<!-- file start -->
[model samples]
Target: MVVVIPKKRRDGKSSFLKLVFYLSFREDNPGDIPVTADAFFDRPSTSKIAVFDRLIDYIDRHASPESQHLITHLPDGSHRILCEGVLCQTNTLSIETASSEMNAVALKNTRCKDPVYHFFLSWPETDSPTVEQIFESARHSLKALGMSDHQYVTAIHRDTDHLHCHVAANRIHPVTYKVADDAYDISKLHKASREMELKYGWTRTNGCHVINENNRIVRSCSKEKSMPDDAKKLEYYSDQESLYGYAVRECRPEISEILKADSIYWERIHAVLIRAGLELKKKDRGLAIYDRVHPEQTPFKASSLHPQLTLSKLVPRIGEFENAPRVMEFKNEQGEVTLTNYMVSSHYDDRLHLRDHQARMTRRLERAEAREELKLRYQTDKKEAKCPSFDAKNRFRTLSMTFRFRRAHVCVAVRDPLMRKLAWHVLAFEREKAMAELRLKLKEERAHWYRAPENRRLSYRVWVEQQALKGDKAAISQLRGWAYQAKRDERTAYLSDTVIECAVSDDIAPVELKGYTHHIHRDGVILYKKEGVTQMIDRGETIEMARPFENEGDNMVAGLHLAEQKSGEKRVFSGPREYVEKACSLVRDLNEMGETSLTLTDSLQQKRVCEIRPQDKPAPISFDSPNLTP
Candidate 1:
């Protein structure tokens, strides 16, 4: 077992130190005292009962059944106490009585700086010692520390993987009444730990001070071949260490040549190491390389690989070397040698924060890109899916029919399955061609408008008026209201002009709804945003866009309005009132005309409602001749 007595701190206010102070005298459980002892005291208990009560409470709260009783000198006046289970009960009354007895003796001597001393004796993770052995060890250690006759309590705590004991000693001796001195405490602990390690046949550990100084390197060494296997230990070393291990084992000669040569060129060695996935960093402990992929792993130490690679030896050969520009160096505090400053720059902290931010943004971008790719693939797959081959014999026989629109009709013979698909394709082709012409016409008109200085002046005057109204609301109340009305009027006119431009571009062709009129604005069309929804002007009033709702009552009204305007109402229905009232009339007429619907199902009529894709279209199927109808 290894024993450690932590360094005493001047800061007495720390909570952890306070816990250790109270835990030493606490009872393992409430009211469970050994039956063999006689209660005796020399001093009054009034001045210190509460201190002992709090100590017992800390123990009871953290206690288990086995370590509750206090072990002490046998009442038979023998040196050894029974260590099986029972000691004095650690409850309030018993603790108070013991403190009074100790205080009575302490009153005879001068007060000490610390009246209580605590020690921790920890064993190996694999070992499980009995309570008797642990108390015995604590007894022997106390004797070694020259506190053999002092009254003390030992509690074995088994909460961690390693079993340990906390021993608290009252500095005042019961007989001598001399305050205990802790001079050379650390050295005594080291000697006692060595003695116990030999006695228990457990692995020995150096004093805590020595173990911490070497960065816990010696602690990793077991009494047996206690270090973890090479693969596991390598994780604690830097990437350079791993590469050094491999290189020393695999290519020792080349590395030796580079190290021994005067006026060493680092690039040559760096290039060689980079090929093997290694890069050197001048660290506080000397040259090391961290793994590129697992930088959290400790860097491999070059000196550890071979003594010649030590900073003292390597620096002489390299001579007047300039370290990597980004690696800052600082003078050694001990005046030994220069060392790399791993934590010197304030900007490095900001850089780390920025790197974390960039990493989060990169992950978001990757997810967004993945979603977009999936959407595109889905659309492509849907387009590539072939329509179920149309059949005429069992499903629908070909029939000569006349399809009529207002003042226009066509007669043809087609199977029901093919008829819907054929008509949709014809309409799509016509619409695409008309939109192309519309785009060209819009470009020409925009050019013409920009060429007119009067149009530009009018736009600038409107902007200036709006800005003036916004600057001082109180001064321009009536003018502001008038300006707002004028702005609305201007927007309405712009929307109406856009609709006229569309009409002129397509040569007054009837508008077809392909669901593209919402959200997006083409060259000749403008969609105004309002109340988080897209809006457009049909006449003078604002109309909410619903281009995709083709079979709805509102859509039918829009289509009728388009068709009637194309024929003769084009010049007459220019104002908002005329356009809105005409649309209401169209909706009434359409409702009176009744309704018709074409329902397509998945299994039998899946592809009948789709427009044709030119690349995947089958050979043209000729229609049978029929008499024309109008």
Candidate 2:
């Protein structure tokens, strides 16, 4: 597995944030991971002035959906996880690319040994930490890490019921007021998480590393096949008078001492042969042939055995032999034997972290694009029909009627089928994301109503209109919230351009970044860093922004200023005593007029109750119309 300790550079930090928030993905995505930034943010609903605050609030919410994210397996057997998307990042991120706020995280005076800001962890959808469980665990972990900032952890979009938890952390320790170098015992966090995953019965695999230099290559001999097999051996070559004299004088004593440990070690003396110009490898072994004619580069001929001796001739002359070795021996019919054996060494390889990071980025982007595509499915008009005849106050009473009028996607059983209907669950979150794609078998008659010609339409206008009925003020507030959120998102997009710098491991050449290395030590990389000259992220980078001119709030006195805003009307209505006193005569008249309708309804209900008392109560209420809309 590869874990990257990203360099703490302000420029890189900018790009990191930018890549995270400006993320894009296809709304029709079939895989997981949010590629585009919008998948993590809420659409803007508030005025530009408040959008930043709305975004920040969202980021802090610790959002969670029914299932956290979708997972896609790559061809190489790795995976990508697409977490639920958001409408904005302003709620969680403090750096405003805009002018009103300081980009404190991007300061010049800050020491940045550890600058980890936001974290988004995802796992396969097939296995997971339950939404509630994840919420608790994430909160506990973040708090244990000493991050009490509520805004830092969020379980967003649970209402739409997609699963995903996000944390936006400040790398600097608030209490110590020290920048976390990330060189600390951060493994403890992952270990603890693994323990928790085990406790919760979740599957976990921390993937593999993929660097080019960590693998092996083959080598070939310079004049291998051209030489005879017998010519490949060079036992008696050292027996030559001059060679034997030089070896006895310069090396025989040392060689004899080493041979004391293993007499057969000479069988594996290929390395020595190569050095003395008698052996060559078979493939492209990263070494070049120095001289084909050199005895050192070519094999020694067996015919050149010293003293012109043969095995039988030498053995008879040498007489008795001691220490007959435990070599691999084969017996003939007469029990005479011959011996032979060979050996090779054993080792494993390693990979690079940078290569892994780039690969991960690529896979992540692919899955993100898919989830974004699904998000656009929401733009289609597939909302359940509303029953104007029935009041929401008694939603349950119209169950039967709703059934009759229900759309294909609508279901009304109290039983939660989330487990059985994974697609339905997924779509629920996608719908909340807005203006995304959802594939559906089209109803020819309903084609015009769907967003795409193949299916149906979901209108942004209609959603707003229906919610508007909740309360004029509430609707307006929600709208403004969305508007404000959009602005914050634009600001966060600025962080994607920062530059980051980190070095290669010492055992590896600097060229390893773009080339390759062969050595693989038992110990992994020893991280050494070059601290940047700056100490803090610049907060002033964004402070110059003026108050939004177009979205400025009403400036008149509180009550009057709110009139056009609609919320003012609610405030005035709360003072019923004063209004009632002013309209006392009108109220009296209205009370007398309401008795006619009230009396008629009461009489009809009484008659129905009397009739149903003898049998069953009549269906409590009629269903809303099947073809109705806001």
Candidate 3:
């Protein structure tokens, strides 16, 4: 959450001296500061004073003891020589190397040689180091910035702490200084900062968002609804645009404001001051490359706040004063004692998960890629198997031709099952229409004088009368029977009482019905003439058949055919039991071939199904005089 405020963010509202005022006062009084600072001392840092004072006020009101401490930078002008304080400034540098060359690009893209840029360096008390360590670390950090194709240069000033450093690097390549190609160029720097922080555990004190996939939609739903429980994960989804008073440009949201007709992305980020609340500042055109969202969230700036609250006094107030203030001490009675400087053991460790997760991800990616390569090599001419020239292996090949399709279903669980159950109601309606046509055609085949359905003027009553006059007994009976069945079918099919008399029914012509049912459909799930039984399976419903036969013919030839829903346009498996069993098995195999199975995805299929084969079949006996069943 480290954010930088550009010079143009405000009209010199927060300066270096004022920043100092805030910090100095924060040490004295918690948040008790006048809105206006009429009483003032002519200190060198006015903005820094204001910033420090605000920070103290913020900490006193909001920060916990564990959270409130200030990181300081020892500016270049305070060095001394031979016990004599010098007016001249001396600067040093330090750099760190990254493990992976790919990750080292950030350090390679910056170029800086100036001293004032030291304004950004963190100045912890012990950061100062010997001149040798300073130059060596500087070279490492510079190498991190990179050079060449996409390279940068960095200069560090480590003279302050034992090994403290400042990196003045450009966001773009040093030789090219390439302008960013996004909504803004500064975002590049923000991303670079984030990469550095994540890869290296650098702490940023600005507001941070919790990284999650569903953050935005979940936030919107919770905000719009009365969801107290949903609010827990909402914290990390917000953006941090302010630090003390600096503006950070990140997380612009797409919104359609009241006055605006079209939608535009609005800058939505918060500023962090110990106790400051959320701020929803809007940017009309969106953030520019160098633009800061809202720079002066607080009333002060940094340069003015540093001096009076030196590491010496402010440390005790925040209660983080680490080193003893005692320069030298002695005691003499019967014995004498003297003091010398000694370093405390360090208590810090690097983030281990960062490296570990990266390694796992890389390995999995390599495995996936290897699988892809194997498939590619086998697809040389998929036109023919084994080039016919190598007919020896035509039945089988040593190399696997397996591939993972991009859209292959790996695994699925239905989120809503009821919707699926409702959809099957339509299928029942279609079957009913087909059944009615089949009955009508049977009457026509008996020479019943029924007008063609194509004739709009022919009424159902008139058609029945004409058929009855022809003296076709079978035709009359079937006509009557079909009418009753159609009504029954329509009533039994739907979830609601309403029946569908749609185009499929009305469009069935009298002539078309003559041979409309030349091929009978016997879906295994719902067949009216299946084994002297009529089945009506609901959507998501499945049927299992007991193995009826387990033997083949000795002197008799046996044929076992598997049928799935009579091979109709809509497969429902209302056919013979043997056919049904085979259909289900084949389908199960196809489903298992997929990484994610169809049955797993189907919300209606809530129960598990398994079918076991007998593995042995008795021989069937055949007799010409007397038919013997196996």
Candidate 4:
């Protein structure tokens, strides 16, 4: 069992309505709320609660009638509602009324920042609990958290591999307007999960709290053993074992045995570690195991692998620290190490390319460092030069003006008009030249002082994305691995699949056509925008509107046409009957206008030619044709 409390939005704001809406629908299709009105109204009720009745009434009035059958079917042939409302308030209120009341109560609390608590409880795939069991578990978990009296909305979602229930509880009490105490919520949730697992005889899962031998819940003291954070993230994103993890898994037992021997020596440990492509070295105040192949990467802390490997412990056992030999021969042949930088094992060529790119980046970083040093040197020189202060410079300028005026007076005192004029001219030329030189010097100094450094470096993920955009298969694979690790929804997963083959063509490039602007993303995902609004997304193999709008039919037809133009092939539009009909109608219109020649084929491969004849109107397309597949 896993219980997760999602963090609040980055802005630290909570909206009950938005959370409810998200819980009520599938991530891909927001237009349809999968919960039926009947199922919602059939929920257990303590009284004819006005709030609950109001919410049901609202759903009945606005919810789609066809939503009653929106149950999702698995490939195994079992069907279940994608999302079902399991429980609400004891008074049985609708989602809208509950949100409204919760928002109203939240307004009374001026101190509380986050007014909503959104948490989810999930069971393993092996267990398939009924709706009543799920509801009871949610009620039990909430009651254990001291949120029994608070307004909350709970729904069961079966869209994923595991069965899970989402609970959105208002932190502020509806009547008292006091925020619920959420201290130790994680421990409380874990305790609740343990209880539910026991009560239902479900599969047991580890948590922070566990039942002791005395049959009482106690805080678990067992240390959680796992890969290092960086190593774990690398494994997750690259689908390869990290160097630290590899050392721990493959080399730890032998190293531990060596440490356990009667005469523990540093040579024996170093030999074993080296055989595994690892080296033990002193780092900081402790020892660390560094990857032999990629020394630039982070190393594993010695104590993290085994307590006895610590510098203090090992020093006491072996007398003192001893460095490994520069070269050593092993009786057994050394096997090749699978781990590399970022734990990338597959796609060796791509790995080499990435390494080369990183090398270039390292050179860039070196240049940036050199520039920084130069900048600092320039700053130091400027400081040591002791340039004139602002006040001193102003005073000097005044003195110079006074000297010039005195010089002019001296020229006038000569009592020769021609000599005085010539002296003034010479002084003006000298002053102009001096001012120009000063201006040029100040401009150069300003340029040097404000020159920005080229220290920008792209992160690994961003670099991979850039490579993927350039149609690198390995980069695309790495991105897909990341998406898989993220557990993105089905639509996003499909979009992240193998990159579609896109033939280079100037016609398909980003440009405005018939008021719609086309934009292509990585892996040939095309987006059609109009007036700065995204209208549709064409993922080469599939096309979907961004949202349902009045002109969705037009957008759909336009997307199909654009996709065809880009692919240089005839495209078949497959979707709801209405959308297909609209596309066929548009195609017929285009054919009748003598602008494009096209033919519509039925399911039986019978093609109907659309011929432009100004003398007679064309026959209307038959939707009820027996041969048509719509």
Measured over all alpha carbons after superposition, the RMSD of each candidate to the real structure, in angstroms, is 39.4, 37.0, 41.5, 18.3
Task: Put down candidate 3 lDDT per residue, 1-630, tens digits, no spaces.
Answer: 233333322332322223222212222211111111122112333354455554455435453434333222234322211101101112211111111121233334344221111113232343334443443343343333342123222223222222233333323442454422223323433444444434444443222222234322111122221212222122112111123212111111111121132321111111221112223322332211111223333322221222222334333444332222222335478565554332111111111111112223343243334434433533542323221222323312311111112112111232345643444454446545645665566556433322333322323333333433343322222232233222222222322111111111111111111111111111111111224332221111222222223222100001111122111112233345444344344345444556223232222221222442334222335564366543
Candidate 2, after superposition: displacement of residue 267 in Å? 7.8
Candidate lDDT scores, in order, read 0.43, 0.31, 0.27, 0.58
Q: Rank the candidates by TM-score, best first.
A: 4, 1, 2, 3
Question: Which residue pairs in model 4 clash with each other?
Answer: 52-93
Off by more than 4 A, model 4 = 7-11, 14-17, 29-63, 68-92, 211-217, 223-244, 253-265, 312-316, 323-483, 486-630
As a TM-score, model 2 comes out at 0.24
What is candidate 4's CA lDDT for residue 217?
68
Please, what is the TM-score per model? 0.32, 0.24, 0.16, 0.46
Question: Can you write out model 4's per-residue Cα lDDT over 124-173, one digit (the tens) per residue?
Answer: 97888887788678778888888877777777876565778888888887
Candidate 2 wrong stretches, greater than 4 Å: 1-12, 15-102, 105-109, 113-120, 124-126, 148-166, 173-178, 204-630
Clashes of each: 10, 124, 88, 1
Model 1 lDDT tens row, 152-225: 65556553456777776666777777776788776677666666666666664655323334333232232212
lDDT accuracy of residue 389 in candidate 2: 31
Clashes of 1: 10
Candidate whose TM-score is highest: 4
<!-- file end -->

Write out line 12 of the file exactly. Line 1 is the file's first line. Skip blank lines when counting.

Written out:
Task: Put down candidate 3 lDDT per residue, 1-630, tens digits, no spaces.